Innovating the future of school dining to enhance the bodies and minds of our community.
The School Food Advisory (SFA) started in Fall 2016 thanks to the generous support of the Stupski Foundation to elevate the students voice within Student Nutrition Services. The SFA is comprised of high school students who are passionate and dedicated in working to ensure school meal programs are student-centered. To date, 32 students across six high schools-Mission, Abraham Lincoln, George Washington, John O’Connell, Lowell, and Thurgood Marshall- have participated in the SFA.
In the first two years the SFA has transformed the dining experience by designing culturally diverse, vegan, and filling recipes that have been added to SNS’s lunch and supper menu. The SFA also advocated for environmentally friendly packaging, which resulted in the use of compostable packaging in all school lunch vending machines. Students who participate in the SFA, left the program with the understanding of the school meal programs, design-thinking process, advocacy and civic engagement skills.
The SFA will be involved in every Student Nutrition Services decision to ensure all students - of every race, ethnicity, gender, language, learning level and ability- enjoy the school dining experience to ensure they thrive inside and outside of the classroom.
The SFA will be comprised of a diverse group of students -two representatives from each SFUSD high school. They will receive a three-year fellowship pathway and extended growth opportunities that will consist of:
Leadership, Empathy, and Collaboration. Students will engage with Student Nutrition Services staff and partners, School Advisory Council, their peers, and the community to ideate and prototype their own dining experience projects at a district level.
Career and life skills. The SFA will expose students to a range of topics related to the school meal programs. Through SFA meetings and internships, students will have the opportunity to explore topics such as public policy, health education, computer science, data analysis, hands on culinary lessons, fundamentals of organizing, public speaking and advocacy.
Sense of Purpose and sense of self. Each student will play an integral role in developing recipes and school meal experiences that are authentic and reflective of themselves and their communities.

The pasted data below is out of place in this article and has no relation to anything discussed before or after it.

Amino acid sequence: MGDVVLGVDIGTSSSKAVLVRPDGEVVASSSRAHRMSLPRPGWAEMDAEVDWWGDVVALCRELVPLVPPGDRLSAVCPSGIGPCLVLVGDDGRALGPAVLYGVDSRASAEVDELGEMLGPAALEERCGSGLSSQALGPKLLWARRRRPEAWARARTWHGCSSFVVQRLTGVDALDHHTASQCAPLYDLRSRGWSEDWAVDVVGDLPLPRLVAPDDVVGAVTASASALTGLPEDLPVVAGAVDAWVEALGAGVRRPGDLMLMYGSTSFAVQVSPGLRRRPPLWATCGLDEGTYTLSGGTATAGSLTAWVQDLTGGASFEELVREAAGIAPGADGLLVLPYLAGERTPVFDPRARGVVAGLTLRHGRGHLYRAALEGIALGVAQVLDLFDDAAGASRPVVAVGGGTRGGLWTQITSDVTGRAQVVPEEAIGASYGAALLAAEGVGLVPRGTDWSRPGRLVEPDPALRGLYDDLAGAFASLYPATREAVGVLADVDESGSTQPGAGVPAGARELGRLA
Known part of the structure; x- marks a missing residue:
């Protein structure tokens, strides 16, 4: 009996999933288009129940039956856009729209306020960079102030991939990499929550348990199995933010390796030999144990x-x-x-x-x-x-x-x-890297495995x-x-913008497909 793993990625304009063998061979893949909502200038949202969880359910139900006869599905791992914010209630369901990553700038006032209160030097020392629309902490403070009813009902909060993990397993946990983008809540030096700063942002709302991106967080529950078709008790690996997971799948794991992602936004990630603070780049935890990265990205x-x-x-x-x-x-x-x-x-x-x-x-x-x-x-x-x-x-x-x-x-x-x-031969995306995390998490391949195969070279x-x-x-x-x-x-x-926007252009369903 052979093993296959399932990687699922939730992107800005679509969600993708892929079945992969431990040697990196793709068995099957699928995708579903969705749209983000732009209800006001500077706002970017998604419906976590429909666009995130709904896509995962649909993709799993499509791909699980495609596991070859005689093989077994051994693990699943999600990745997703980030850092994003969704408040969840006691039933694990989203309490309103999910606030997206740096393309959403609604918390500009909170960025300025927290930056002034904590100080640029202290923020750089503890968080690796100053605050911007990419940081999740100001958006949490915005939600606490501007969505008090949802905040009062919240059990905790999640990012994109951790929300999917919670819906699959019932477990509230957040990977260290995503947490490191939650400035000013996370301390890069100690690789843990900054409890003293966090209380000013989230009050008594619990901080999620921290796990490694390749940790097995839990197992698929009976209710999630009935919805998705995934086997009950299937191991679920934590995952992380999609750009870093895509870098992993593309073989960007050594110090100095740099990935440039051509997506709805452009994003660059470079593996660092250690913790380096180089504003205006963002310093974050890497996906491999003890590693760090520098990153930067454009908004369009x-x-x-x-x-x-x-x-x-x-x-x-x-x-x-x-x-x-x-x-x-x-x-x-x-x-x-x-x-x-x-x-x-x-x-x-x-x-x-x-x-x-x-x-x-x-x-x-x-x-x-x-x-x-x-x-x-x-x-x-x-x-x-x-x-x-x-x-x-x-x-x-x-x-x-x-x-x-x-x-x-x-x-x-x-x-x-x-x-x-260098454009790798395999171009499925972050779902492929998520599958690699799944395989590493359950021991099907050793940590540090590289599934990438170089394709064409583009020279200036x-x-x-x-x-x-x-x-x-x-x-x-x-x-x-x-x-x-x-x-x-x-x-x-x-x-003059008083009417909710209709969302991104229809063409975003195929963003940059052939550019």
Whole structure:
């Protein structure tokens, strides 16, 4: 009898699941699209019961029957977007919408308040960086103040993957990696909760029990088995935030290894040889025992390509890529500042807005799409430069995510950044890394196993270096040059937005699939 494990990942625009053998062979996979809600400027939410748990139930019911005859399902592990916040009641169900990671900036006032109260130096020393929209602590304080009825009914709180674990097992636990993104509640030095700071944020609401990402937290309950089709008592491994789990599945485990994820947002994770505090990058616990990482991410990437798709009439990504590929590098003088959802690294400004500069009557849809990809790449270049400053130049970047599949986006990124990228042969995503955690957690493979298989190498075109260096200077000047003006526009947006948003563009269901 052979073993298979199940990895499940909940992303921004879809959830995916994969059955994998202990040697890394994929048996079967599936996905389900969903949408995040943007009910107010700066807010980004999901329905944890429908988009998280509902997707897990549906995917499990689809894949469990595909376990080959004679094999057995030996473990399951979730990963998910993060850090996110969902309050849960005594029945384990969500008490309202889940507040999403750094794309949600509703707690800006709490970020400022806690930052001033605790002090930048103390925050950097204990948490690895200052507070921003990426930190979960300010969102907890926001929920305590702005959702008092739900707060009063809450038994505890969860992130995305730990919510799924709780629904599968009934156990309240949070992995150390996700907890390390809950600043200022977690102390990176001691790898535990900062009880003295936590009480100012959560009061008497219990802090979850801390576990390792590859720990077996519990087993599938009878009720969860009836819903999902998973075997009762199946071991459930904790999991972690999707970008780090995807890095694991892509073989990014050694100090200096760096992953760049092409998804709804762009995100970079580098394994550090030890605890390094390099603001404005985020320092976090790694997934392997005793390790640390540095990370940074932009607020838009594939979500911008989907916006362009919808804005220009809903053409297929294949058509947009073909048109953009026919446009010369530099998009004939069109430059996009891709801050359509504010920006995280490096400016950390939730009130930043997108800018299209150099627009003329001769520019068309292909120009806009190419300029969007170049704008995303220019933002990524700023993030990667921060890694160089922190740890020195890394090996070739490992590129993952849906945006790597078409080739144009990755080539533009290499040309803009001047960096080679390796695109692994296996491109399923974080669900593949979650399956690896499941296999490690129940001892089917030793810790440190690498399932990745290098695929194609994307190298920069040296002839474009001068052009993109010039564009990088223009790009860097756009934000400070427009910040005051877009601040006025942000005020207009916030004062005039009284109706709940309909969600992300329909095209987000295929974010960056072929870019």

Creativity. The human-centered design thinking process will be the foundation of the SFA. Students will learn, understand, and practice the five step design thinking process- empathy, define, ideate, prototype, and test- to solve social issues with an equity lens at the local level and the wider world.
Space Redesign Process
The space redesign process is a 6-7 month experience that involves student design workshops, meetings with the school community and then the actual ordering (and shipment) of furniture and graphics. Throughout the entire design process, the student is kept at the center. If you would like to learn more about what the process looks like, check out our Activation Packet. This is the document that we provide to school sites to help explain the process and prep them for the experience ahead. If you have any questions concerning the document, please reach out to our Director of Innovation and Strategy, Angela McKee-Brown. She is more than happy to help walk you through the process and answer any questions.
Recently Completed Dining Areas
Over the summer we completed five new space redesigns which include Carver Elementary, Monroe Elementary, Dr. Charles Drew Elementary, Malcom X Elementary and Galileo High. We will post photos of the redesigned spaces shortly.
Over the last 3.5 years, we have had the honor of redesigning 18 schools in SF, including all of the schools in the Bayview. We have met many incredible students, staff and community members along the way. As we look to the future, Student Nutrition Services is excited to continue to grow the work via the 2016 GO Bond, which has allocated $20 million to go towards space designs, kitchen upgrades, and the building of 4-5 regional kitchens. The Bond work has begun, so please check back often for updates.
Marina Middle School
Students, PTA members, teachers, and dining staff all participated in the dining area space redesign workshops for the Marina cafeteria. The school wanted to represent all the neighborhoods that make up SF and also showcase their mascot, the penguin. These ideas resulted in a penguin around SF theme. Can you identify all the landmarks?
Lincoln High School
Over 100 students at Lincoln participated in a series of 3 design workshops in order to create a new vision for their dining area.
Bret Harte Elementary School
Over 80 students from grades one through five helped design the dining area at Bret Harte Elementary. Lego walls, animals, round tables and a special reading area are all part of the features that help make this space a community hub for the school.
Aptos Middle School
The students at Aptos are proud of their mascot, the tiger. In addition, the students wanted to celebrate all the cultures that are represented via their diverse student body. For this space, we highlighted nature, language, and of course, the tiger.
Balboa High School
Student leaders involved with Balboa's nutrition and wellness program helped to design the dining area. The students wanted a space that felt sophisticated and highlighted the values of the schools: Equity, Justice, Empathy.
Martin Luther King Middle School